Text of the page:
For the first time traveling to stay alone for a month, finding a café to fill my need for "a safe haven" seemed somewhat urgent. The few times I've ended up having a regular café, the owners or workers somehow become parental figures for me; not the type that sit down and talk about intimate things, but they provide me with a feeling of safety, they make sure I eat and that I have a cappuccino a day. And they do what it takes to make sure I feel welcome, that I feel at home; upon arriving anywhere new I intuitively look for that. Not knowing anyone here when I first arrived, having somewhere to "come home to" every afternoon has been of the utmost importance. The solitude of being alone in a strange city works very well for my writing, but I am indeed a social being, and knowing that at least the parrots in the cage between the café and the bathroom door will try to make conversation, is nice.

Parrots? Yes, Slörm has parrots. I stumbled upon Slörm on my first day, when it became my shelter from a rain storm of biblical proportions, and I've been there most afternoons reading since. The atmosphere is relaxed, the chairs comfy, the coffee good, the sandwiches yummy, the juices magnificent, and the people friendly and welcoming. They have a great selection of both sandwiches and juices; my favourites being Mozzarella sandwich, and Mos Def juice, one of the ingredients being beetroot. You find them on Danzige Strasse 53.

Alte Nationalgaleri is worth a peek, though the audio guide is only so and so (but free). However, if you have time only for one museum during your stay, I would recommend Pergamonmuseum. If you know nothing before you get there, do not fear: start off with the free audio guide's 'high lights tour' to get an overview of the museum (takes about half an hour), and then dash around exploring on your own. The Berlin Wall Monument at Bernauer Strasse is worth seeing, but to me the East Side Gallery was a grander experience. Walking alongside it I was extremely moved. Maybe because it is a reminder of how much what has been still is; the many aspects of Berlins history still a part of Berlins everyday, but also a part of the world; the art on the Wall reflecting difficult political and social situations, not only in Berlin, but its alike all over the world.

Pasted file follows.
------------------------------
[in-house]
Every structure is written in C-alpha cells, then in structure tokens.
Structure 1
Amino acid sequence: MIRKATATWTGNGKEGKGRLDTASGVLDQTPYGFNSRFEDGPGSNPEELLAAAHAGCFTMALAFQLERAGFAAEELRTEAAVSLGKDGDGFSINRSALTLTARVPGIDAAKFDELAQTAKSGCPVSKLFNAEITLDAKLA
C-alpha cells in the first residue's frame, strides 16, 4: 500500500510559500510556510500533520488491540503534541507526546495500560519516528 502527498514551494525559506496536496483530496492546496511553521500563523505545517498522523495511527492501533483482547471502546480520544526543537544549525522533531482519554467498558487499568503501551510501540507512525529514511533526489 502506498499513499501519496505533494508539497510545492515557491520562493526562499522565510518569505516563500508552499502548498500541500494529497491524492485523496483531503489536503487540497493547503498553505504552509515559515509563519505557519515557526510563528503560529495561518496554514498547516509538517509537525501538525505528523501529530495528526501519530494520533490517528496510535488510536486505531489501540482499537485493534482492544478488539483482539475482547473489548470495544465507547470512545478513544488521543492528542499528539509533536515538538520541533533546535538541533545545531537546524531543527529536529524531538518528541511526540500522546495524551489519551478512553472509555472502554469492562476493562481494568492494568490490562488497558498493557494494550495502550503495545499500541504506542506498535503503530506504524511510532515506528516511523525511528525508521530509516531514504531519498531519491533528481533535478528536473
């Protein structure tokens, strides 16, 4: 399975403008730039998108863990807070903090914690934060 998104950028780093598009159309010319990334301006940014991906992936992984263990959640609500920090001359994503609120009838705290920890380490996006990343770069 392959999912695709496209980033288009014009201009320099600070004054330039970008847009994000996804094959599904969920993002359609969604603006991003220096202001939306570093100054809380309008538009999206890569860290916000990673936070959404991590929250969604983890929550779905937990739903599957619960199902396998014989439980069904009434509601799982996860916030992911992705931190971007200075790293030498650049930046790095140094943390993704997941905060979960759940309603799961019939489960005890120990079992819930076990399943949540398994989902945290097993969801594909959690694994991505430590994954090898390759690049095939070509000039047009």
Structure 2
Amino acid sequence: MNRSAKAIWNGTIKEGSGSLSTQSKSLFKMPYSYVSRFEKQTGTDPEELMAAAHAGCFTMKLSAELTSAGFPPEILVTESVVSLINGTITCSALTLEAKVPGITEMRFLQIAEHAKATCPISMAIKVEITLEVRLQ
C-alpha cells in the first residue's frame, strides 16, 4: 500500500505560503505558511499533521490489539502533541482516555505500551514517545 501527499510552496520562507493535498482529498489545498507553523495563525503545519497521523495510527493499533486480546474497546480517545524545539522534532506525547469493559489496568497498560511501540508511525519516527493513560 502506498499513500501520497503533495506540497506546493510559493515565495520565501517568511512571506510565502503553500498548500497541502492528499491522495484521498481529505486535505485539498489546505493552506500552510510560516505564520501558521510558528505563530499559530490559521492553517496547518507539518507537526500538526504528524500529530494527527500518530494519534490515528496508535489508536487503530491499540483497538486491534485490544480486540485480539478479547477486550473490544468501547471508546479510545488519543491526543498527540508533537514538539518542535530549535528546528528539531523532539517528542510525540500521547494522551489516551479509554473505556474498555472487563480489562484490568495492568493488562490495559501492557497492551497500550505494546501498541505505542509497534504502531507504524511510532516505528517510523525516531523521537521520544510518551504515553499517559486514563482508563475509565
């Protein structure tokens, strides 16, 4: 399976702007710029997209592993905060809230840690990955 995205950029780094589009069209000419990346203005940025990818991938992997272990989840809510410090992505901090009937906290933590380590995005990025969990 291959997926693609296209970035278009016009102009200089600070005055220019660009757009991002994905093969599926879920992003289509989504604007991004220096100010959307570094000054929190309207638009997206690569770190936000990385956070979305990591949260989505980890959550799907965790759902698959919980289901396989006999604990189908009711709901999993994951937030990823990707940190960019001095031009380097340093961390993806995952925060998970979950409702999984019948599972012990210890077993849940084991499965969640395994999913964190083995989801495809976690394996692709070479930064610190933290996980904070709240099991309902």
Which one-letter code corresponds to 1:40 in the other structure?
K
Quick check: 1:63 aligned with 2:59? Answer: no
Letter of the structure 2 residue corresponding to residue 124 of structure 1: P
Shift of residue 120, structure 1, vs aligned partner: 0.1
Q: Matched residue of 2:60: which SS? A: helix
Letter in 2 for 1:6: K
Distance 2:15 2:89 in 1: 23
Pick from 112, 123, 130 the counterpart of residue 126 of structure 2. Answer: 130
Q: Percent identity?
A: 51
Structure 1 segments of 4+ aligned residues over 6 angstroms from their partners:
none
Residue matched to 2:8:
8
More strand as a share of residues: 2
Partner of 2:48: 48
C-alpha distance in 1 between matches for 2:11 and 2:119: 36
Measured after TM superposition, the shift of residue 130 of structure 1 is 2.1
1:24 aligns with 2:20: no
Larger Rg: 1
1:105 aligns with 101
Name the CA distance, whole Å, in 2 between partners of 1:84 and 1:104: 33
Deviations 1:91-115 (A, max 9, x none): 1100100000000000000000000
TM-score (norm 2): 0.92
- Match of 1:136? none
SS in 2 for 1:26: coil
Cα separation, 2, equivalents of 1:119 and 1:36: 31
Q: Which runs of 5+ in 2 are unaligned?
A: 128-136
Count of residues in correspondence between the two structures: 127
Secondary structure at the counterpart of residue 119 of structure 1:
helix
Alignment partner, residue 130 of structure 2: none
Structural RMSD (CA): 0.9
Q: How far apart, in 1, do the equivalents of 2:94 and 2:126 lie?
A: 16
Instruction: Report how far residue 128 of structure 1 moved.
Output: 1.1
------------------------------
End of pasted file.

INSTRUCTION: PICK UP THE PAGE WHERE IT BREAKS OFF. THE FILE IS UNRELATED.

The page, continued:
"My God, help me to survive this deadly love."

Though outside the city, I will also recommend a trip to Sachsenhausen, the concentration camp is located less than an hour away. (You can get there with the U-bahn, only € 3 one way.) My grandfather was there for three years during the war, and I am glad I took time to spend nearly a day there. I am also glad I had company, because there was a strong need to debrief after. Even with a personal link to the tragedy it feels impossible to actually understand, but it feels important not to forget, and not to become oblivious to what happened during the war. Biking down to the Jewish Memorial, close to Brandenburger Tor and Tiergarten, seemed like the only way to contemplate what I cannot fathom actually was done by human hands. Walking between the large stone structures, the larger they got, I could not help but feel extremely small and alone. The sun, and the sounds of the city further and further away, Berlin being all this; the friendly side streets welcoming you to stay, filled with people, kids running, someone playing the piano on the second floor with the window open; and the history, the sadness, the balance between contemplative thoughtfulness and the guilt that still seems to be a part of a population, even those who wasn't even born when blood was shed.